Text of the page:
In an article we saw in Health, Kristi King, RDN, explains that our stress levels are directly connected to what's going on in our gut—specifically, our digestion—an explanation also backed up by science, as stress can instigate and/or exacerbate gastrointestinal pain, imbalances, and other symptoms.
Slow down your chew pace.
Not only will chewing more slowly speed up your metabolism—yes, really—but it also encourages healthier digestion and, in turn, less bloat.
"So many of us are rushing through our meals and skipping an important part of the digestive process—chewing!" gut expert Robyn Youkilis explained to me in 2019. "When you don't chew your food completely, it creates more work for your belly, which can result in uncomfortable bloating, gas, and other digestive symptoms."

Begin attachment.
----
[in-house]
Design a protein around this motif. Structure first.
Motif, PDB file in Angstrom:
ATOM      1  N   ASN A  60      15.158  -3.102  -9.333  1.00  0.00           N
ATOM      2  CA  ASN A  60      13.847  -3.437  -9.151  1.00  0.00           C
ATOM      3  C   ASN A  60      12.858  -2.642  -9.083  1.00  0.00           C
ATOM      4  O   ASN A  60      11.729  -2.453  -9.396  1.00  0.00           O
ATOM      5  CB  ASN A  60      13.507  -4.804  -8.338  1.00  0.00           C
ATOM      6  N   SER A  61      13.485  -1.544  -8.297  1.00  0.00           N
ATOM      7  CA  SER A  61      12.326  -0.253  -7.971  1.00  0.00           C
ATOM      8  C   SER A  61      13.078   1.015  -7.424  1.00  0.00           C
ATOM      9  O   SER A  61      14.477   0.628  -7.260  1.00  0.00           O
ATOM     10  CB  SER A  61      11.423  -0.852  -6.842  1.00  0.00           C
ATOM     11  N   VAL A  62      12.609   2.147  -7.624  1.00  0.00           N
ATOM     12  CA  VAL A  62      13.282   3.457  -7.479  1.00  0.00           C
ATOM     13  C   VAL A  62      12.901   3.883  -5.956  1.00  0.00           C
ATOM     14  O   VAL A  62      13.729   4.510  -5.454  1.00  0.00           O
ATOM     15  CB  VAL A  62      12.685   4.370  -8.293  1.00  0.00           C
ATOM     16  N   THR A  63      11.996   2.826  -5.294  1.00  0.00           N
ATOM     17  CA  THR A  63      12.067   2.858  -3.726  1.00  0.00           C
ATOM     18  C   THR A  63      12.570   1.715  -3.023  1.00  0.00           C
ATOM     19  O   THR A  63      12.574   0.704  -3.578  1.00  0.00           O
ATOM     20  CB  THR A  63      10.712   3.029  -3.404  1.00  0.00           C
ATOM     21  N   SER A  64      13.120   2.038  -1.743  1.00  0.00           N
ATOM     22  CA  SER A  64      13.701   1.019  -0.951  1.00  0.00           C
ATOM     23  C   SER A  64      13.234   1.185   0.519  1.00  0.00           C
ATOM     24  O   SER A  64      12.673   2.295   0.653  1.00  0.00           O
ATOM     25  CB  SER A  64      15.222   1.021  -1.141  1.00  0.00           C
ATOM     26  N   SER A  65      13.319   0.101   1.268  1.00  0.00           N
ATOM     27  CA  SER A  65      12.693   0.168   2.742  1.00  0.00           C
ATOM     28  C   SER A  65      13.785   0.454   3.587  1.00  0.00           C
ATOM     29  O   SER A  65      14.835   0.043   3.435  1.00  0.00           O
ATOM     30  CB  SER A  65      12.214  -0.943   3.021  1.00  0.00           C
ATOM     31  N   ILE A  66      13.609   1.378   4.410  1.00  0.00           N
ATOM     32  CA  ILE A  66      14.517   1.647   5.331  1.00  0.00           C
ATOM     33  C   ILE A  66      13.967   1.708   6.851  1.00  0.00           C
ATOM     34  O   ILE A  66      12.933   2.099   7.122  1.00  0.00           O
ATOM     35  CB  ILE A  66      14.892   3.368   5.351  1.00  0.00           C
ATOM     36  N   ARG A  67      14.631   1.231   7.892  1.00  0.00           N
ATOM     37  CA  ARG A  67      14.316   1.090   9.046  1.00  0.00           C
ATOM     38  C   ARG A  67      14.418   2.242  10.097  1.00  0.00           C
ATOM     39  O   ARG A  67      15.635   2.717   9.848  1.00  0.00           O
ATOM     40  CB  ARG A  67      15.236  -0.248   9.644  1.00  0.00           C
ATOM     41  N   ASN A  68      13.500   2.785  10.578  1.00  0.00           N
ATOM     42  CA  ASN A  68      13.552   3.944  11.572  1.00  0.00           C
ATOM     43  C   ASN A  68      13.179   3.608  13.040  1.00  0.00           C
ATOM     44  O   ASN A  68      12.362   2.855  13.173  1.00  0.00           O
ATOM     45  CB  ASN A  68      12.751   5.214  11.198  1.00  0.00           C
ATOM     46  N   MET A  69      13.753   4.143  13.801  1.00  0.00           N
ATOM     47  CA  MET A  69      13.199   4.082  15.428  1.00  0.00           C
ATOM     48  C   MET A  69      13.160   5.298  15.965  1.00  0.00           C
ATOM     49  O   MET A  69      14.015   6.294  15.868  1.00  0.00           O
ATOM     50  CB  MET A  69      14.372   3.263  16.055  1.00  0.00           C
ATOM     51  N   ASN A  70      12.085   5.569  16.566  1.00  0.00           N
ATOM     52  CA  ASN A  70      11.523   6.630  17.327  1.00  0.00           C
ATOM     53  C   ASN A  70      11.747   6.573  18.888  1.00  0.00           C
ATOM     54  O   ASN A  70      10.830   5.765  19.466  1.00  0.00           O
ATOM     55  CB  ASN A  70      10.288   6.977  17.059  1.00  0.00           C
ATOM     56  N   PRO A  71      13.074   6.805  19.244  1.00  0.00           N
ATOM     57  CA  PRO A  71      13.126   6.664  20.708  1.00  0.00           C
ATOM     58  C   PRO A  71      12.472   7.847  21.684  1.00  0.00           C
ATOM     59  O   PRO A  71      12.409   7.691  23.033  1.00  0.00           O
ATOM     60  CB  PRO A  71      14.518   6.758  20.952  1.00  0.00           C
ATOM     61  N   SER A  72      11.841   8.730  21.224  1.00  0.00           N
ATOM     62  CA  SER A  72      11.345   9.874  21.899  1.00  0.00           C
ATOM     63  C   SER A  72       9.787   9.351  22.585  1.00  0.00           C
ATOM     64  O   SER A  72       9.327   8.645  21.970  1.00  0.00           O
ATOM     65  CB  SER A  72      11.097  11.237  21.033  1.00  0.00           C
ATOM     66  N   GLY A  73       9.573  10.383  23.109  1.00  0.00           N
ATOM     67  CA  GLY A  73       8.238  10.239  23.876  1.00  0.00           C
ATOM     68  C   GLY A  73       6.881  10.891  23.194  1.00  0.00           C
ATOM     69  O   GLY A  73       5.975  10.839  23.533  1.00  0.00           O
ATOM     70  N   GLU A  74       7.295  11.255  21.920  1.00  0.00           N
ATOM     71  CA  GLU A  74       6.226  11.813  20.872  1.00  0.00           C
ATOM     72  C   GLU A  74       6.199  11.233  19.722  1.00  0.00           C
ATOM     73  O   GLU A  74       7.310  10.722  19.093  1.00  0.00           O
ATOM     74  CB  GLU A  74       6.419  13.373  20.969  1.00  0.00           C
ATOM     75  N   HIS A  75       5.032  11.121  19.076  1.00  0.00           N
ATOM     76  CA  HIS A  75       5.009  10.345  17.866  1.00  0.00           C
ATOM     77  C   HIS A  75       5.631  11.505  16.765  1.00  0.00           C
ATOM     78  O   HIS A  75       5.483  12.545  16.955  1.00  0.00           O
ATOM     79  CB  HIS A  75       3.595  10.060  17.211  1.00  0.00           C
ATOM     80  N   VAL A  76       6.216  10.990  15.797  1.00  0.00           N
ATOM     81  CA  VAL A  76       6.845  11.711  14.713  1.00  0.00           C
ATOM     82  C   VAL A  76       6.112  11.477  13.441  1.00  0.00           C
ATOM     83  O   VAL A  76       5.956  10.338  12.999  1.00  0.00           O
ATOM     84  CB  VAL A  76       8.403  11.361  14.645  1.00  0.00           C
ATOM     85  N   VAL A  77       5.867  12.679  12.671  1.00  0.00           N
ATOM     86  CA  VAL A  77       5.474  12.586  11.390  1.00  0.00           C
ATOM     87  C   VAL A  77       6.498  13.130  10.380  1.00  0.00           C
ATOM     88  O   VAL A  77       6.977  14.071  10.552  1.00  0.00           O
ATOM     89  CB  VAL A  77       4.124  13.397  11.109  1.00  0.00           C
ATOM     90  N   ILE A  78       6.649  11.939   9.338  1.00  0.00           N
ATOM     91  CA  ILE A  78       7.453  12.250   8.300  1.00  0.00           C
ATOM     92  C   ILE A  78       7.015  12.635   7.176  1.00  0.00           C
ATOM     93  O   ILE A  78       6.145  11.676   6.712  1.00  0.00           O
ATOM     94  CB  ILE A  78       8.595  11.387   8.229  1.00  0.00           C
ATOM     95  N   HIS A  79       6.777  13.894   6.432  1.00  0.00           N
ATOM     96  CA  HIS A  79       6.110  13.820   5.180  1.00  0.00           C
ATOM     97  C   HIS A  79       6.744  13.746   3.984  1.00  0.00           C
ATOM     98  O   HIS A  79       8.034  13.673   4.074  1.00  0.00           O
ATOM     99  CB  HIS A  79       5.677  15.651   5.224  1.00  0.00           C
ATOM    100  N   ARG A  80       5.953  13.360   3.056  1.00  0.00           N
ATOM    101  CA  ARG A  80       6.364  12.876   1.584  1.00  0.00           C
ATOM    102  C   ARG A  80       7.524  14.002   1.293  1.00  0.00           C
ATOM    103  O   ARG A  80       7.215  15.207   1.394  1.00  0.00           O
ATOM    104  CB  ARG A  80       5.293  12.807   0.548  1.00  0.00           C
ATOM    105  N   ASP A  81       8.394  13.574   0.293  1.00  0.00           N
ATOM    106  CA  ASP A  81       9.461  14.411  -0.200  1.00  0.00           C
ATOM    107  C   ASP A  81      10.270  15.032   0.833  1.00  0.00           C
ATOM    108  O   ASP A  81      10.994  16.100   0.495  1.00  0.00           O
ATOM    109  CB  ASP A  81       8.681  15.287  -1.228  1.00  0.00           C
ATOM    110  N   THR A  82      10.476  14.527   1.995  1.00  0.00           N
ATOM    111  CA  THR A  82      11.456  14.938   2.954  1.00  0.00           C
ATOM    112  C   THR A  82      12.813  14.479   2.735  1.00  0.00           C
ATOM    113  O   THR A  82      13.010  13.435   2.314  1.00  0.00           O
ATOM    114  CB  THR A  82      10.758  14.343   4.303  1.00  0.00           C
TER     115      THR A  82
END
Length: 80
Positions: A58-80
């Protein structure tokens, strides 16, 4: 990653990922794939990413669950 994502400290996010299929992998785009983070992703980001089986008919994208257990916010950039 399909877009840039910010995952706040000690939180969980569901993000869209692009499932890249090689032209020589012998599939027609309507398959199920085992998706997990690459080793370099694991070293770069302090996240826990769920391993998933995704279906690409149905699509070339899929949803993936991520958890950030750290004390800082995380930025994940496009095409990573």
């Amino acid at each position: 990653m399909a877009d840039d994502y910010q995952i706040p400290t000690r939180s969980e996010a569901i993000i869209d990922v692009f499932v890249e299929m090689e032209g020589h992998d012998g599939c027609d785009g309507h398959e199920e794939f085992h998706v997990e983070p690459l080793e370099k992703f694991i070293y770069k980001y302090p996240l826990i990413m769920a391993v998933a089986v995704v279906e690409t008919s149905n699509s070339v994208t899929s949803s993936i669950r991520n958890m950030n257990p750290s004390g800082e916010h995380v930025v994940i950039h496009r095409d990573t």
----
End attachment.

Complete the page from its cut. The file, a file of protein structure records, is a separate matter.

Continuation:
Reach for a potassium-rich snack before bed.
But remember to keep it to at least two hours before bed, or just add one of your favorite potassium-rich foods into dinner. According to Patricia Raymond, MD, foods rich in potassium, like bananas, avocados, and sweet potatoes, may help regulate fluid retention, which will also help manage—and minimize—morning-time bloating.
Don't carbo-load at dinner.
Or at least, choose wisely, avoiding refined carbs and minding your portion size. Raymond also notes these types of carbs can cause you to retain water and feel bloated. Thus, if you want to wake up feeling light and lean, reach for a carb that's satiating but features complex (aka longer-burning) carbohydrates like brown rice, quinoa, or sweet potatoes.
Swap salt for spices.